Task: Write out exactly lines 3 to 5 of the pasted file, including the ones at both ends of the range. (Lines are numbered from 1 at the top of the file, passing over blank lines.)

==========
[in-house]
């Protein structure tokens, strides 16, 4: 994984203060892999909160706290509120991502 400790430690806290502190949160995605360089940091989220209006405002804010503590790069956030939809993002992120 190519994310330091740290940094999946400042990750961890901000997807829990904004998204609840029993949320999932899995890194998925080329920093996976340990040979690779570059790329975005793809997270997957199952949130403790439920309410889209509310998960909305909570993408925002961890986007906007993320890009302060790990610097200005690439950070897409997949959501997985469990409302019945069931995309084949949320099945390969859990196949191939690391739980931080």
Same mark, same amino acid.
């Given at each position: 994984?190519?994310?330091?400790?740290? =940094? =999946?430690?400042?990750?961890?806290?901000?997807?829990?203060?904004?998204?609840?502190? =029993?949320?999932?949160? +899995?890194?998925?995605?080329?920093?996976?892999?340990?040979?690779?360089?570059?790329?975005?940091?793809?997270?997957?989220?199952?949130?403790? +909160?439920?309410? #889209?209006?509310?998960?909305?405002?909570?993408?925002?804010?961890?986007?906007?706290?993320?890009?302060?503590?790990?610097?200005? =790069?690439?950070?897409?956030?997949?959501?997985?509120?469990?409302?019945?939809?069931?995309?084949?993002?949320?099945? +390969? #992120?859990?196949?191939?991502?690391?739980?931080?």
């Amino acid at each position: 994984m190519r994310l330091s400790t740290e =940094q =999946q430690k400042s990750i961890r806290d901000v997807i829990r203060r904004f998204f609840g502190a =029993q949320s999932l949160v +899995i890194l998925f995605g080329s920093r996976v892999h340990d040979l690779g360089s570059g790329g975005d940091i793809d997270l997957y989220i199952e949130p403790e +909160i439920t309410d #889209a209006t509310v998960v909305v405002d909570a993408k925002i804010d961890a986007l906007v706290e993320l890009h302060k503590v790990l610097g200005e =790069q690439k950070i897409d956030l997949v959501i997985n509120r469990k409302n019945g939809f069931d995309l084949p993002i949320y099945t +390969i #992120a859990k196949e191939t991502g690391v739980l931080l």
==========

Same mark, same amino acid.
């Given at each position: 994984?190519?994310?330091?400790?740290? =940094? =999946?430690?400042?990750?961890?806290?901000?997807?829990?203060?904004?998204?609840?502190? =029993?949320?999932?949160? +899995?890194?998925?995605?080329?920093?996976?892999?340990?040979?690779?360089?570059?790329?975005?940091?793809?997270?997957?989220?199952?949130?403790? +909160?439920?309410? #889209?209006?509310?998960?909305?405002?909570?993408?925002?804010?961890?986007?906007?706290?993320?890009?302060?503590?790990?610097?200005? =790069?690439?950070?897409?956030?997949?959501?997985?509120?469990?409302?019945?939809?069931?995309?084949?993002?949320?099945? +390969? #992120?859990?196949?191939?991502?690391?739980?931080?």
């Amino acid at each position: 994984m190519r994310l330091s400790t740290e =940094q =999946q430690k400042s990750i961890r806290d901000v997807i829990r203060r904004f998204f609840g502190a =029993q949320s999932l949160v +899995i890194l998925f995605g080329s920093r996976v892999h340990d040979l690779g360089s570059g790329g975005d940091i793809d997270l997957y989220i199952e949130p403790e +909160i439920t309410d #889209a209006t509310v998960v909305v405002d909570a993408k925002i804010d961890a986007l906007v706290e993320l890009h302060k503590v790990l610097g200005e =790069q690439k950070i897409d956030l997949v959501i997985n509120r469990k409302n019945g939809f069931d995309l084949p993002i949320y099945t +390969i #992120a859990k196949e191939t991502g690391v739980l931080l």